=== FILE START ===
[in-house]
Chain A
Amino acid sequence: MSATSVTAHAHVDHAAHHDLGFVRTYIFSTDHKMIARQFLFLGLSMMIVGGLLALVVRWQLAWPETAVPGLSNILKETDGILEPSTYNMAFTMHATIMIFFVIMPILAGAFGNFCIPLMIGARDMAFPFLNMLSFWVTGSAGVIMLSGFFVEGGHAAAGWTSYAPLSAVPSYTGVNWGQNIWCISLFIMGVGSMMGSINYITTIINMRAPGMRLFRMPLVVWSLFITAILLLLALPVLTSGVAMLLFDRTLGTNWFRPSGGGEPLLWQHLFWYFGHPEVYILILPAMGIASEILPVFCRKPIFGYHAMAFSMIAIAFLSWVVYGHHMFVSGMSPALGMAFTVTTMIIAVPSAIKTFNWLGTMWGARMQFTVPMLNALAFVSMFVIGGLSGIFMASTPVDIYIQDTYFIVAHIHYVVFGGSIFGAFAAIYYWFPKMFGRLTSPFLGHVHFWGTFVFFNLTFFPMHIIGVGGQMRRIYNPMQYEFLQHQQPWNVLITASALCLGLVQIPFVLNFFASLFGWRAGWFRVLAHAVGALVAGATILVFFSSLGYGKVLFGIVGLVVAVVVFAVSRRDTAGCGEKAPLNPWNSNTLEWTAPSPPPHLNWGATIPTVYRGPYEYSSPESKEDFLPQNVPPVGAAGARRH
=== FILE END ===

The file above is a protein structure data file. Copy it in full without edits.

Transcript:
[in-house]
Chain A
Amino acid sequence: MSATSVTAHAHVDHAAHHDLGFVRTYIFSTDHKMIARQFLFLGLSMMIVGGLLALVVRWQLAWPETAVPGLSNILKETDGILEPSTYNMAFTMHATIMIFFVIMPILAGAFGNFCIPLMIGARDMAFPFLNMLSFWVTGSAGVIMLSGFFVEGGHAAAGWTSYAPLSAVPSYTGVNWGQNIWCISLFIMGVGSMMGSINYITTIINMRAPGMRLFRMPLVVWSLFITAILLLLALPVLTSGVAMLLFDRTLGTNWFRPSGGGEPLLWQHLFWYFGHPEVYILILPAMGIASEILPVFCRKPIFGYHAMAFSMIAIAFLSWVVYGHHMFVSGMSPALGMAFTVTTMIIAVPSAIKTFNWLGTMWGARMQFTVPMLNALAFVSMFVIGGLSGIFMASTPVDIYIQDTYFIVAHIHYVVFGGSIFGAFAAIYYWFPKMFGRLTSPFLGHVHFWGTFVFFNLTFFPMHIIGVGGQMRRIYNPMQYEFLQHQQPWNVLITASALCLGLVQIPFVLNFFASLFGWRAGWFRVLAHAVGALVAGATILVFFSSLGYGKVLFGIVGLVVAVVVFAVSRRDTAGCGEKAPLNPWNSNTLEWTAPSPPPHLNWGATIPTVYRGPYEYSSPESKEDFLPQNVPPVGAAGARRH